What trial participants need to be told about placebo effects to give informed consent: a survey to establish existing knowledge among patients with back pain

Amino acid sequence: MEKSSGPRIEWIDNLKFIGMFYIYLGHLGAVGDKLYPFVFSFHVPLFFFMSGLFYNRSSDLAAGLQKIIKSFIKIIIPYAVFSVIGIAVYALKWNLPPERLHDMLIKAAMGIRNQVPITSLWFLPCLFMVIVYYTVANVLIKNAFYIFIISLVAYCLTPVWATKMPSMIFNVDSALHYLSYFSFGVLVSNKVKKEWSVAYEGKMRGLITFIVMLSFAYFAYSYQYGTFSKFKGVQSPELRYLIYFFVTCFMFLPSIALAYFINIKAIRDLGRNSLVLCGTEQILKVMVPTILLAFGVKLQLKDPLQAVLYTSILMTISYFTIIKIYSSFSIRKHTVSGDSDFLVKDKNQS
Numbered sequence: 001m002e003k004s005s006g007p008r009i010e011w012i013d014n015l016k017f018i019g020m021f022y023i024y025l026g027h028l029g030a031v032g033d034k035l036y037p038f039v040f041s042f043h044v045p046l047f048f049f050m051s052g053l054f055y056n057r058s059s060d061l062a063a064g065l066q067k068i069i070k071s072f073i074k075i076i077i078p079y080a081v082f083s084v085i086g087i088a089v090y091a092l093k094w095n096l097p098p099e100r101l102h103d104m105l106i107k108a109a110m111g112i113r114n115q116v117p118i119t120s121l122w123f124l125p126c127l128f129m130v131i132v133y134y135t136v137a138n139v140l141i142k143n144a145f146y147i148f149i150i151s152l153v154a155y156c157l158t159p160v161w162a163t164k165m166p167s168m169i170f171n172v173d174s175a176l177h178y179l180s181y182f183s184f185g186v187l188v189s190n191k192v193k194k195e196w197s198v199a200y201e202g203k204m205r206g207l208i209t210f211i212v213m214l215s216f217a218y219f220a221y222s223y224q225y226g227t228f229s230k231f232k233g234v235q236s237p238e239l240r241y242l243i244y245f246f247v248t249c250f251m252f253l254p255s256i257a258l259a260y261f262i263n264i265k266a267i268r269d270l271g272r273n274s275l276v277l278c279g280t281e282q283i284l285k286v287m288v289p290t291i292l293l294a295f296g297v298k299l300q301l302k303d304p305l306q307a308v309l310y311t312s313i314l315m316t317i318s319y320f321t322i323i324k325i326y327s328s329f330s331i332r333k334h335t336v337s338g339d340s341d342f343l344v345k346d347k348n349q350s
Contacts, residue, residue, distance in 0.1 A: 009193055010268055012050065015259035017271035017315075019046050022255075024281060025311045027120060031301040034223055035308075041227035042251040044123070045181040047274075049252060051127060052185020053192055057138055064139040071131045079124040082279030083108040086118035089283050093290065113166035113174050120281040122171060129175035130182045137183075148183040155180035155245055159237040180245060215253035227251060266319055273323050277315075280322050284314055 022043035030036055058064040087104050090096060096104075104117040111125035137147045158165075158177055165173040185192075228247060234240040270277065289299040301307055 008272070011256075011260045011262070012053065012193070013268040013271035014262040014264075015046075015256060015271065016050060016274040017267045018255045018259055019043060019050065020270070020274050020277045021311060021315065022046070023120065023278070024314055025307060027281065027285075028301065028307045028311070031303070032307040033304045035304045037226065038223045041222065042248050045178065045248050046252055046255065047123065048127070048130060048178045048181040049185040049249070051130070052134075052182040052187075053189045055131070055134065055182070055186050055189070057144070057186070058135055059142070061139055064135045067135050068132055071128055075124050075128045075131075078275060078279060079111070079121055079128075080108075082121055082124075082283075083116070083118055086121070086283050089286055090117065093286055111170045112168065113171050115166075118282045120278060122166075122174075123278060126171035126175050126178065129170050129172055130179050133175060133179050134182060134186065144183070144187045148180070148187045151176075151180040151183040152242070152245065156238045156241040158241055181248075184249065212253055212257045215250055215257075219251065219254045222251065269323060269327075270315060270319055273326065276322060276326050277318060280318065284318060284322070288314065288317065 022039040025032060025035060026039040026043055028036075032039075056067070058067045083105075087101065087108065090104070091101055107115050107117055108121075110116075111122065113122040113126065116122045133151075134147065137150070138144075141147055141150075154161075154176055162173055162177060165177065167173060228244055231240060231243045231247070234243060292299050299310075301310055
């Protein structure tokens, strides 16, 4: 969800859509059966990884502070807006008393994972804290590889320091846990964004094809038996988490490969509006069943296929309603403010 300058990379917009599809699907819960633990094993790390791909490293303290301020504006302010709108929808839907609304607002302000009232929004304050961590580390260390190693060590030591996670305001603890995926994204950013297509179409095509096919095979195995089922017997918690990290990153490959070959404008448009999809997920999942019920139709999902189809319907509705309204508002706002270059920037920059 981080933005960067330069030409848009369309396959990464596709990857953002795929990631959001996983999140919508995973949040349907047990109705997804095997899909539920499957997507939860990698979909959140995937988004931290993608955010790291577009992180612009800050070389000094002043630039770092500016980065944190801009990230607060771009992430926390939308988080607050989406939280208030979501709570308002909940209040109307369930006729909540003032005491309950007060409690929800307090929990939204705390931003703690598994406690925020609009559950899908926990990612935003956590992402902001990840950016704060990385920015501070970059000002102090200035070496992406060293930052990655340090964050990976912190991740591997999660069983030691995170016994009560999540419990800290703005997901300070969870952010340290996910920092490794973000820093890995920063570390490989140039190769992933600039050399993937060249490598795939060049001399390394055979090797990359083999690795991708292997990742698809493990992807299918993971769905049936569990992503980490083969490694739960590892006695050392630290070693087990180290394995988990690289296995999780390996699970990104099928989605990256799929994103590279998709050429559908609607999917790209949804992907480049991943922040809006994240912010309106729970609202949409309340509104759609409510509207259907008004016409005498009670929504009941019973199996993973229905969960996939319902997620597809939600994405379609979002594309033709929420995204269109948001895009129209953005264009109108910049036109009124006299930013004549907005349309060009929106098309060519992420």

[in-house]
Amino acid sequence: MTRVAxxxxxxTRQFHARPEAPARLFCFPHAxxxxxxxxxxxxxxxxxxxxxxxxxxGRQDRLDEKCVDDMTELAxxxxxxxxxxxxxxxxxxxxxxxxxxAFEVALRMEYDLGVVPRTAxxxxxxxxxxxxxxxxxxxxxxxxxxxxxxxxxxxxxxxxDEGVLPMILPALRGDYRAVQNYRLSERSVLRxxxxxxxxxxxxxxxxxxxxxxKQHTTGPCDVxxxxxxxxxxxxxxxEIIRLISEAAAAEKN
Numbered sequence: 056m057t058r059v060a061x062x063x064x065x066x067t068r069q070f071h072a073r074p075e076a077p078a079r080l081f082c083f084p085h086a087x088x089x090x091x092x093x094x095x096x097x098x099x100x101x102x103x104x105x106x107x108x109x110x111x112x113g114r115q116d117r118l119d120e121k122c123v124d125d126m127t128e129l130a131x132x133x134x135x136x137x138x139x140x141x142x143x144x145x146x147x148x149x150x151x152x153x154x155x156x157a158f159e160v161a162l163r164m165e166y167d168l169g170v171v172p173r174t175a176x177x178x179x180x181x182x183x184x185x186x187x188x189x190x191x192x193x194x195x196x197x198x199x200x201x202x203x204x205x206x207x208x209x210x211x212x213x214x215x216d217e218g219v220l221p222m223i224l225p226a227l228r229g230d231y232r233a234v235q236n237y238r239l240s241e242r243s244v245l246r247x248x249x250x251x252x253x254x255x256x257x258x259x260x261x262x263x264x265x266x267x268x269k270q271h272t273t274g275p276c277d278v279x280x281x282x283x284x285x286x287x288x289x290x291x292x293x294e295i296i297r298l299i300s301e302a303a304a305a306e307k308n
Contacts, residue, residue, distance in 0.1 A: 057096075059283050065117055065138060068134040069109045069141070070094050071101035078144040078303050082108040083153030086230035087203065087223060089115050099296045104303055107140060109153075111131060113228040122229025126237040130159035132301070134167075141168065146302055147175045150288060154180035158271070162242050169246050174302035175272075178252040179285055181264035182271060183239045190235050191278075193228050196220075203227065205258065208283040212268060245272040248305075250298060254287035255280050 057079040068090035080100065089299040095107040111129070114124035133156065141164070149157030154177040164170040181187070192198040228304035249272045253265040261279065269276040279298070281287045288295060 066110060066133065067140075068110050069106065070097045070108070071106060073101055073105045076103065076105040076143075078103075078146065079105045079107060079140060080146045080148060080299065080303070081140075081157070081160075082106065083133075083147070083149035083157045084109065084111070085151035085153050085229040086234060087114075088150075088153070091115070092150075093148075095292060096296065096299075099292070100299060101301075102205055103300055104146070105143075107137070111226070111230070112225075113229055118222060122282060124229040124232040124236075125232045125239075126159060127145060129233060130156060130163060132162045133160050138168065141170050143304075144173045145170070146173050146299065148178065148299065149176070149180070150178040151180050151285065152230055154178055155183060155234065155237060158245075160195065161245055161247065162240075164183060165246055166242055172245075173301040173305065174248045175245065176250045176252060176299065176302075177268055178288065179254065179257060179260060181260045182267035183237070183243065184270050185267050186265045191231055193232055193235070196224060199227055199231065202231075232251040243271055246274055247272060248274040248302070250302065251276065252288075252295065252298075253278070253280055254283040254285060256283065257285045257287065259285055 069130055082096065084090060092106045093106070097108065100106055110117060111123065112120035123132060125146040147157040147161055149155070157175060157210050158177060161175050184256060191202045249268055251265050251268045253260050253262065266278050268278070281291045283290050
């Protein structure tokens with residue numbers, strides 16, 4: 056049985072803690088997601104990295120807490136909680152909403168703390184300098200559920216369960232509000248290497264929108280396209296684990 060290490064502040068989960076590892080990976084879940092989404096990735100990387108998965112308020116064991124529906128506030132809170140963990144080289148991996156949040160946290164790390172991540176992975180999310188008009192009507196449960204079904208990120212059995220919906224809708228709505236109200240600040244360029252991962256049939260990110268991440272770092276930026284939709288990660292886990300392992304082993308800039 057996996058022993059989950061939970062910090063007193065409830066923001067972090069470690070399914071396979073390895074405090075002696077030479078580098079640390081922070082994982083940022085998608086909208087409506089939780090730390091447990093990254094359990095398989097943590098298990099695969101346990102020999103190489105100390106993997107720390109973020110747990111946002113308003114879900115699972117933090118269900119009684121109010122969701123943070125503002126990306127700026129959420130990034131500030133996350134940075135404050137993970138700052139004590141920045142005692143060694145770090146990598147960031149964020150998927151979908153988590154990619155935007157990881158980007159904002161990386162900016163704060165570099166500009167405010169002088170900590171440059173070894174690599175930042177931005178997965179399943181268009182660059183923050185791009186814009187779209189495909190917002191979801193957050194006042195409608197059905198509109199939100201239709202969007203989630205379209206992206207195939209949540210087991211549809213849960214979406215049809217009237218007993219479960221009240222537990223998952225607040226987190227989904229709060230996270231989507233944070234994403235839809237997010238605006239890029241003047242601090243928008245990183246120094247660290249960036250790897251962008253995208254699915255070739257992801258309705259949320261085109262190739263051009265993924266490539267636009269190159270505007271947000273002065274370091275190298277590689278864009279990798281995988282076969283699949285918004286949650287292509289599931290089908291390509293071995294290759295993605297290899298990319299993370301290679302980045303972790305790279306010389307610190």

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IntroductionPatients require an accurate knowledge about placebos and their possible effects to ensure consent for placebo-controlled clinical trials is adequately informed. However, few previous studies have explored patients’ baseline (ie, pretrial recruitment) levels of understanding and knowledge about placebos. The present online survey aimed to assess knowledge about placebos among patients with a history of back pain.DesignA 15-item questionnaire was constructed to measure knowledge about placebos. Additional questions assessed sociodemographic characteristics, duration and severity of back pain, and previous experience of receiving placebos.SettingParticipants recruited from community settings completed the study online.Results210 participants completed the questionnaire. 86.7% had back pain in the past 6 months, 44.3% currently had back pain. 4.3% had received a placebo intervention as part of a clinical trial and 68.1% had previously read or heard information about placebos. Overall knowledge of placebos was high, with participants on average answering 12.07 of 15 questions about placebos correctly (SD=2.35). However, few participants correctly answered questions about the nocebo effect (31.9% correct) and the impact of the colour of a placebo pill (55.2% correct).ConclusionsThe findings identified key gaps in knowledge about placebos. The lack of understanding of the nocebo effect in particular has implications for the informed consent of trial participants. Research ethics committees and investigators should prioritise amending informed consent procedures to incorporate the fact that participants in the placebo arm might experience adverse side effects.

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